-- Whatever you think of Sam Hinkie's method for rebuilding the Philadelphia 76ers over his three years as the team's general manager and president of basketball operations before stepping down Wednesday, there's one inescapable conclusion: Hinkie leaves the organization in better shape than he found it.
Because of the young players and draft picks the 76ers have amassed, their next general manager -- likely Bryan Colangelo, son of team chairman of basketball operations Jerry Colangelo, sources told ESPN's Marc Stein -- will be better positioned to succeed than Hinkie was when he took over the team in May 2013.
What Hinkie inherited
Philadelphia hired Hinkie on the heels of a disastrous 2012-13 season.
The Sixers, who had won a playoff series a year earlier, in 2012, gave up star Andre Iguodala and recent draft picks Maurice Harkless and Nikola Vucevic as well as a future first-round pick in a trade for center Andrew Bynum during the summer of 2012. Bynum never took the court in the City of Brotherly Love and Philadelphia slipped to the lottery at 34-48.
Because of the Bynum trade, as well as one with the Miami Heat for Arnett Moultrie, when Hinkie arrived the 76ers had full control over just two of their first-round picks over a six-year span dating back to 2011.
Philadelphia still had some young talent on the roster in 2010 No. 2 overall pick Evan Turner, 2012 All-Star Jrue Holiday and Thaddeus Young, but of the group only Turner remained on his cost-controlled rookie contract. The Sixers were devoid of the cheap young talent that is the lifeblood of rebuilding organizations. So Hinkie set out to acquire it in extreme fashion.
During his interview with ESPN's Zach Lowe on Tuesday's "Lowe Post" podcast, Hinkie disputed Lowe's assessment that Philadelphia had gone "all-in" on the draft. More than anything else, the 76ers' trades and the way the team made use of its cap space resulted in the 76ers piling up draft picks.
When Hinkie took over, Philadelphia was a net minus-two in terms of future draft picks potentially owed (to the Heat and Magic). But the Sixers will end up with both picks, since the lottery protection on the one traded to the Heat expired this season (Philadelphia will instead send a pair of second-round picks to the Boston Celtics, who inherited them in a subsequent trade with Miami) and the team reacquired the pick sent to Orlando in the Elfrid Payton-Dario Saric swap during the 2014 draft.
In addition to having all their own first-round picks, the 76ers acquired six additional first-round picks on Hinkie's watch -- two from the New Orleans Pelicans in exchange for Holiday, used on Nerlens Noel and Payton; two in this year's draft from the Heat and Oklahoma City Thunder along with potentially a third from the Los Angeles Lakers that is top-three protected; and one coming from the Sacramento Kings in either 2018 or 2019.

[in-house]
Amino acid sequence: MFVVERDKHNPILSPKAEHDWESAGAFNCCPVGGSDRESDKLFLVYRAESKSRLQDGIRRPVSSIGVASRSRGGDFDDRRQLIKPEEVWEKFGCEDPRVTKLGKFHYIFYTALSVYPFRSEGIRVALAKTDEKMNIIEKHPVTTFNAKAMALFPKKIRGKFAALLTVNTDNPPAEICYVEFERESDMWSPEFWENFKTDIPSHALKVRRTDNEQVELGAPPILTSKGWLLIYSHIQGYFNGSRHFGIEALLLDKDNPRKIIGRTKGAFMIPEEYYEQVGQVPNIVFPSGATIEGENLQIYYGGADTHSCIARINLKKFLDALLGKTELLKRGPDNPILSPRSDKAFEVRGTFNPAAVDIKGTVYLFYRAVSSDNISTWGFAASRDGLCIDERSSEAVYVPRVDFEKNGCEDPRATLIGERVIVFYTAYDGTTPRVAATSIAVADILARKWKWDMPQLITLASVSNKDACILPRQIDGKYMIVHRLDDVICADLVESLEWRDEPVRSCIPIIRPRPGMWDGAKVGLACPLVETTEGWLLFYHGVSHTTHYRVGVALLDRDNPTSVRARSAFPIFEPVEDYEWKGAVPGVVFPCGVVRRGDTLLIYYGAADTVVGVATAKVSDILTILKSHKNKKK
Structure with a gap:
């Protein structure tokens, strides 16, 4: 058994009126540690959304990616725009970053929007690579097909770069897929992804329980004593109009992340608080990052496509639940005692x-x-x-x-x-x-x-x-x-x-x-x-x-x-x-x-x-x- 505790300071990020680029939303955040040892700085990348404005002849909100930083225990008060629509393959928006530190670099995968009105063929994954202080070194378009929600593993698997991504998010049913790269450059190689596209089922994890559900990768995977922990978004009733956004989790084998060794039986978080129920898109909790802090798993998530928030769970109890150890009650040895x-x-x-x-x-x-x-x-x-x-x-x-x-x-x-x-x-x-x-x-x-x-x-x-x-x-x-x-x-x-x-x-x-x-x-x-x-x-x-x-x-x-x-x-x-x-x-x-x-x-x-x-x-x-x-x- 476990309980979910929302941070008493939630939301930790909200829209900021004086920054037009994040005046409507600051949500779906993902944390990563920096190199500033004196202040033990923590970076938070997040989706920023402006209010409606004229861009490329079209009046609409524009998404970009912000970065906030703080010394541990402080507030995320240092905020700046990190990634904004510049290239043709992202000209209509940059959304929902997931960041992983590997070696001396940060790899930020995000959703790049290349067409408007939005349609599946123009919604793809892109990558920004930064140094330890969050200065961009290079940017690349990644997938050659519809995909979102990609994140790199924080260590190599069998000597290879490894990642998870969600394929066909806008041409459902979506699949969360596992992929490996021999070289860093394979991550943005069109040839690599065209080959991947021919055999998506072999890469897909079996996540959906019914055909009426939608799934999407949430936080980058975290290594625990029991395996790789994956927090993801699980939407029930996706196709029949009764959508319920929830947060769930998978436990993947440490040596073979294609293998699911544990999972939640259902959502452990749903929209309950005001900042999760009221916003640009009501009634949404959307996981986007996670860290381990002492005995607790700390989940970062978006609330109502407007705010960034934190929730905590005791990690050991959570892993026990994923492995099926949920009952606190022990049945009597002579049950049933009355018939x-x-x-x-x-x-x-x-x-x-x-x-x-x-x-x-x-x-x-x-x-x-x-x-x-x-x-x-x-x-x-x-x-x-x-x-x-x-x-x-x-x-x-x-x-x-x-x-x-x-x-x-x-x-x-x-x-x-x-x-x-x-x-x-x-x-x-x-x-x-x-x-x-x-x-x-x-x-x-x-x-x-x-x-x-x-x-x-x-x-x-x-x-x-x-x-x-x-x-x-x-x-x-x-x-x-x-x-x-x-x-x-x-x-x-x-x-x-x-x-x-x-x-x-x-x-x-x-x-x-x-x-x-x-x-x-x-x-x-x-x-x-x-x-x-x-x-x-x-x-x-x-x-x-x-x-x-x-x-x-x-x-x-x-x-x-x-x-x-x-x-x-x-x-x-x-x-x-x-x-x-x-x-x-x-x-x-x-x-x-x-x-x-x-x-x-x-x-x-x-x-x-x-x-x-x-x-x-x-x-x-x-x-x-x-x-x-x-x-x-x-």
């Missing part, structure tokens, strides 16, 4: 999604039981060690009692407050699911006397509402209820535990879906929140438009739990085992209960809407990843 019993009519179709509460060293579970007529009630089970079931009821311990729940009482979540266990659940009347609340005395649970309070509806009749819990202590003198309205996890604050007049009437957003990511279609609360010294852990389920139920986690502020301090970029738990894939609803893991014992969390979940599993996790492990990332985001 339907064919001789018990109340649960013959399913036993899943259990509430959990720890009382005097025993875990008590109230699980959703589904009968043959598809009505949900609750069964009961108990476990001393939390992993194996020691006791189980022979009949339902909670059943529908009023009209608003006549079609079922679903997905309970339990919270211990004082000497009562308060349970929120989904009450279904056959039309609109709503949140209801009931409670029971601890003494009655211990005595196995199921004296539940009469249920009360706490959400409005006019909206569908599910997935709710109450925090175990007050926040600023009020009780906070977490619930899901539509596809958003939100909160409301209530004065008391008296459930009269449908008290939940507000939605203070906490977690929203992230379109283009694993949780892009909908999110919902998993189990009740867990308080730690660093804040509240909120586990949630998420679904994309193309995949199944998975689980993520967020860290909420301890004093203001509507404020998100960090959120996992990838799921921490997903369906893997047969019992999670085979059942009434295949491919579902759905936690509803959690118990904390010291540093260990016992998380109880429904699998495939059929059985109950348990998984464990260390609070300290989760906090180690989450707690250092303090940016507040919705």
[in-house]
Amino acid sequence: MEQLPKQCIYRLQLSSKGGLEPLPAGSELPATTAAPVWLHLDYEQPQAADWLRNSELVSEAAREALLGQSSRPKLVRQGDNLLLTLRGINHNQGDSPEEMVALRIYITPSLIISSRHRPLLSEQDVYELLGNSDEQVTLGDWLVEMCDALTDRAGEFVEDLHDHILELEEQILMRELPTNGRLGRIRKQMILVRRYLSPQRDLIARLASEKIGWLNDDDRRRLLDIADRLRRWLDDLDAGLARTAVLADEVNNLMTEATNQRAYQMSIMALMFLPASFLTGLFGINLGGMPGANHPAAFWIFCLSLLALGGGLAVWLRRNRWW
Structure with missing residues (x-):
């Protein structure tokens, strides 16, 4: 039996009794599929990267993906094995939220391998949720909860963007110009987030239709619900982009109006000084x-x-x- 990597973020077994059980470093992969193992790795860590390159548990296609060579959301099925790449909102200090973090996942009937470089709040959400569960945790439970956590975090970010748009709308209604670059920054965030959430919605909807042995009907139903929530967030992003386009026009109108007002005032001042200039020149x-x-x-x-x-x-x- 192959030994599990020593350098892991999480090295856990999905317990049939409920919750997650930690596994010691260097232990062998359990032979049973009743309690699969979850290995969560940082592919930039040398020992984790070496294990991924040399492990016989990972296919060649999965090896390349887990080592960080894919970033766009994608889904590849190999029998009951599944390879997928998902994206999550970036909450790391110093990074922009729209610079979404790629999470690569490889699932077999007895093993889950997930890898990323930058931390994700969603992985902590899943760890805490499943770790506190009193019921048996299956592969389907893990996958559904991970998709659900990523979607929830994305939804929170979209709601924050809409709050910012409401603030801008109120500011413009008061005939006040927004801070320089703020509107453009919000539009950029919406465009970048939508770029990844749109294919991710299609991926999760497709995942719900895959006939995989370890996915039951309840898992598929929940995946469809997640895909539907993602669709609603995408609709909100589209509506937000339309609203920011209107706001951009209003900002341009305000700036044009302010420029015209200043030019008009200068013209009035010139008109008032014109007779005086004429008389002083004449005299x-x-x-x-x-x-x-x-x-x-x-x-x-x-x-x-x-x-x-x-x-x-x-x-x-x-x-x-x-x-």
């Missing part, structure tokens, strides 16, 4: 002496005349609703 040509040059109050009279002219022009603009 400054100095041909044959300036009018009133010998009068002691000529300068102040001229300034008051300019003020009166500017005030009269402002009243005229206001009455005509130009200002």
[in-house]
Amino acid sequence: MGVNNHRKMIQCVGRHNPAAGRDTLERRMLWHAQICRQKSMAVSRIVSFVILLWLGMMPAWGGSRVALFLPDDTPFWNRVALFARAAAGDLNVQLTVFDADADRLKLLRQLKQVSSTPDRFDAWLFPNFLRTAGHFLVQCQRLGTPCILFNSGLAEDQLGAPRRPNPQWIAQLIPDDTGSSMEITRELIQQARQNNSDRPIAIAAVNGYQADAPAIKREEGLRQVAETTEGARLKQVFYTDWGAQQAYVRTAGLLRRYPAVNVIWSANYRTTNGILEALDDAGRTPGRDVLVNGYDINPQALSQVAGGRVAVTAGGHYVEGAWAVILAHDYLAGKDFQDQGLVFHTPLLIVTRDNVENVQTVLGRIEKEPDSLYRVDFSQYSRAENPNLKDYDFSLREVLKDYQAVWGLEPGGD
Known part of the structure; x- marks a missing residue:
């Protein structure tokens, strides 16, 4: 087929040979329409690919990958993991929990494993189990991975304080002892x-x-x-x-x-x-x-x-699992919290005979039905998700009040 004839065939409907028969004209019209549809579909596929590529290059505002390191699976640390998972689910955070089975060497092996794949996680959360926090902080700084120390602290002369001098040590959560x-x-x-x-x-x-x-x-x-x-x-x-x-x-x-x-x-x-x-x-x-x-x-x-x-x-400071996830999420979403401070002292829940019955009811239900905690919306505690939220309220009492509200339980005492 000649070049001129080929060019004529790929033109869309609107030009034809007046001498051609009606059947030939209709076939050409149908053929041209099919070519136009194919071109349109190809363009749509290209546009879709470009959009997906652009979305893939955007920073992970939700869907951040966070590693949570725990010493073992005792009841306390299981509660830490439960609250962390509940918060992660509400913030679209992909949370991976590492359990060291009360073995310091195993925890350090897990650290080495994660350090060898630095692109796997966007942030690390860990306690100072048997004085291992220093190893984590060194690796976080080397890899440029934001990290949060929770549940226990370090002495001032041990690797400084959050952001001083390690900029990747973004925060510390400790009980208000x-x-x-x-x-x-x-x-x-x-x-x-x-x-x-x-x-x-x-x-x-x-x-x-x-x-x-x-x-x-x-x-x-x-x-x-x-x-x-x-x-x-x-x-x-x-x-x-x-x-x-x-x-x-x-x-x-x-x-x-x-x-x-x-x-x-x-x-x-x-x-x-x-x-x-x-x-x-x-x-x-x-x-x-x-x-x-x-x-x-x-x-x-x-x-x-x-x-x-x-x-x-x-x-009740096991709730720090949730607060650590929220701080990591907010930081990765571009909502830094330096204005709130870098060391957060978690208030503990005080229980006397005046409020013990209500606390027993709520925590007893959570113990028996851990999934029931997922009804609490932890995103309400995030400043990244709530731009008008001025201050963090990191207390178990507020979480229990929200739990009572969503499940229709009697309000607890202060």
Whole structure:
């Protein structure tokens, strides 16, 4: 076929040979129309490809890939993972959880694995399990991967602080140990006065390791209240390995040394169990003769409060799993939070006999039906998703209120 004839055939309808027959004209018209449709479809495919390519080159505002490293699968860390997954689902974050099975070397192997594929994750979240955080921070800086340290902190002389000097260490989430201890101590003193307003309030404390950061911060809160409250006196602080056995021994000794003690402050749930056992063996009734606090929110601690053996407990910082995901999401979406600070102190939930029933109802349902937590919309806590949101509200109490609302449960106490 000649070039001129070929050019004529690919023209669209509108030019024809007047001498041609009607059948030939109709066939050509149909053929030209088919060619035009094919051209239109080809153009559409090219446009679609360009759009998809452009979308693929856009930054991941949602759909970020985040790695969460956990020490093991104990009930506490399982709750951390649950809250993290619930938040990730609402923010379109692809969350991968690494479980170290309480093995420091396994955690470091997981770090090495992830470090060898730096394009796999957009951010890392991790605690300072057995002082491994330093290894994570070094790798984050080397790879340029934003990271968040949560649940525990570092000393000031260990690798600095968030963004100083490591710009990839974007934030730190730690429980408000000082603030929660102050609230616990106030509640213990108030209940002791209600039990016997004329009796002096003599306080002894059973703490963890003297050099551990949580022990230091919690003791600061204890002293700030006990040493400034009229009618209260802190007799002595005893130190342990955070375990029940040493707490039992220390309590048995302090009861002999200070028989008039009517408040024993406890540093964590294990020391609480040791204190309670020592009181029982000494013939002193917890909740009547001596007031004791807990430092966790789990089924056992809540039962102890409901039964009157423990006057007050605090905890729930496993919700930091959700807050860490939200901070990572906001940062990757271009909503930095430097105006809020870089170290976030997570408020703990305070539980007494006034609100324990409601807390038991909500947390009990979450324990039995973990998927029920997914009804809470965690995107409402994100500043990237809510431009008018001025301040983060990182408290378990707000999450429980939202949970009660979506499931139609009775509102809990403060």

Of course, Philadelphia also tried to maximize the value of its own picks by putting non-competitive teams on the court the past three seasons. The 76ers landed the No. 3 overall pick each of the past two seasons, drafting centers Joel Embiid and Jahlil Okafor.
The sum total of "the process" is that if the Sixers land the Lakers' pick this June, draft four players who join the team immediately and add Saric, Philadelphia could have as many as eight players -- more than half the roster -- on rookie contracts.
Building blocks for the Colangelos
While the Sixers' first-round picks have yet to yield the surefire superstar who can anchor the next great Philadelphia team, their sheer abundance gives the new front office a variety of paths to acquiring such a talent -- or that player might already be on the roster.
There's the possibility that one of the picks already on hand -- such as Embiid, considered a possible No. 1 overall pick in 2014 before the diagnosis of the fractured navicular that has kept him off the court the past two seasons -- develops better than expected. This year's 76ers selection could produce a star. Or Philadelphia could package multiple players and picks to trade for an established player.
Then there's the Sixers' cap space. By virtue of the rookie contracts on the books, along with minimum deals for role players such as Robert Covington, T.J. McConnell and Hollis Thompson, Philadelphia figures to be somewhere in the neighborhood of $50 million under the cap this summer -- enough to fit in a pair of max contracts for players with fewer than 10 years of experience.
Given their W-L record, it's tough to see the 76ers competing for such star players right away, but Jerry Colangelo's close relationship with stars thanks to his position as managing director of USA Basketball's Senior Men's National Team could eventually pay off in free agency.
The Colangelos certainly have difficult decisions ahead. Hinkie prioritized talent over fit, meaning Philadelphia has drafted three players in the lottery (Embiid, Noel and Okafor) who are naturally centers. Noel and Okafor had a difficult time coexisting this season, and adding Embiid would make the fit only more awkward.
To maximize their potential, the Sixers might have to trade one or more of the three players.
Still, having too much talent at one position is a better problem than the problems Philadelphia faced three years ago. Painful as they were, the past three seasons have put the 76ers much closer to building a contender than they were after the Bynum trade. And that, more than the results on Hinkie's watch, should determine his legacy in Philadelphia.